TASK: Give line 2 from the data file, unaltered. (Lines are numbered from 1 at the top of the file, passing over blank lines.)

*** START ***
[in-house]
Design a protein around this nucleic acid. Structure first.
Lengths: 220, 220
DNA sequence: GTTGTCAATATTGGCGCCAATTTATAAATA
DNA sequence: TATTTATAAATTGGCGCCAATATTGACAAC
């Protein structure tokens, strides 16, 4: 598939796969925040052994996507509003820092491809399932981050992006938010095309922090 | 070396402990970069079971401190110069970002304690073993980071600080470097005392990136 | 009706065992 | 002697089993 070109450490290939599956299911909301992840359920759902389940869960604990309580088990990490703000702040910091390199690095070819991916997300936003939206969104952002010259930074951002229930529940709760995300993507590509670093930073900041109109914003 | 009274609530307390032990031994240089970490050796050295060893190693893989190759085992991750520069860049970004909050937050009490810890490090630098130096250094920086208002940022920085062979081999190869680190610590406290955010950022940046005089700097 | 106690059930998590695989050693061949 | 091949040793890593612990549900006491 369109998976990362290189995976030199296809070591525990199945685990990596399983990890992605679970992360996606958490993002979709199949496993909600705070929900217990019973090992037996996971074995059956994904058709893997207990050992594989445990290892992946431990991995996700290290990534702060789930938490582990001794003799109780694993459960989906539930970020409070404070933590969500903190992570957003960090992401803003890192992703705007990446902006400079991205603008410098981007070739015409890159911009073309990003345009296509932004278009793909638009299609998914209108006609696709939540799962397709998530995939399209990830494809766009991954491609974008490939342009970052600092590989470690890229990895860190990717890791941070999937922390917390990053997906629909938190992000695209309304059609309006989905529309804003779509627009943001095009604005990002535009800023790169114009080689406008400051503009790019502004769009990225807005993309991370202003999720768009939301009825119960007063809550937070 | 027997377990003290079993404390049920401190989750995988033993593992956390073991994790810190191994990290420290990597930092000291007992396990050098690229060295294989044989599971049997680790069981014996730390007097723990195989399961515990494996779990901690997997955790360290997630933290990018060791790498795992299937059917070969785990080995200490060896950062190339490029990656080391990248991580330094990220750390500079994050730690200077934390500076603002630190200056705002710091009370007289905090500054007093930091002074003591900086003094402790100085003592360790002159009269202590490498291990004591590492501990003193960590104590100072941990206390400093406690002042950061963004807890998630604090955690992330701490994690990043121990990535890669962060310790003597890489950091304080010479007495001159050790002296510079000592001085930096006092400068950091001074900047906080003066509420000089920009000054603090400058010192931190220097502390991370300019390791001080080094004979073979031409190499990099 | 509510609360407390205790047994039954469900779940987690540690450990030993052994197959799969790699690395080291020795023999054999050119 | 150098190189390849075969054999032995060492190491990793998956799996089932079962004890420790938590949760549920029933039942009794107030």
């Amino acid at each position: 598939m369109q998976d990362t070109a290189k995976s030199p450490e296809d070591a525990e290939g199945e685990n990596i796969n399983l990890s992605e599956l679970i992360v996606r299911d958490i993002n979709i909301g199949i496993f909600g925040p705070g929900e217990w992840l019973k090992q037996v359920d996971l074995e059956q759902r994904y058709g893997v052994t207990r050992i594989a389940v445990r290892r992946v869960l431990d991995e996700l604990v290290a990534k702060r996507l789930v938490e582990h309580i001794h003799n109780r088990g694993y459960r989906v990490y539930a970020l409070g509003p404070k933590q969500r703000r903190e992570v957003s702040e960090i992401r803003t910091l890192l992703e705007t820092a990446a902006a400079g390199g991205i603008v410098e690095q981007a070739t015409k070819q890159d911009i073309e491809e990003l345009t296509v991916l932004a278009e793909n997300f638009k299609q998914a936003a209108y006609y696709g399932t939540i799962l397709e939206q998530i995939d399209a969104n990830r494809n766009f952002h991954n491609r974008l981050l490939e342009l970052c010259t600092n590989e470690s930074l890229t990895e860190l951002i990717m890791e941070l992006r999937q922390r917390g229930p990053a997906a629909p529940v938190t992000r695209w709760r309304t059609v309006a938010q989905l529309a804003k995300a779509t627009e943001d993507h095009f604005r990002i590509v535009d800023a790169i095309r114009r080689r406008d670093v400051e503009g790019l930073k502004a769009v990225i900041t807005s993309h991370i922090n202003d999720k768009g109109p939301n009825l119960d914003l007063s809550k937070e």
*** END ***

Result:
Design a protein around this nucleic acid. Structure first.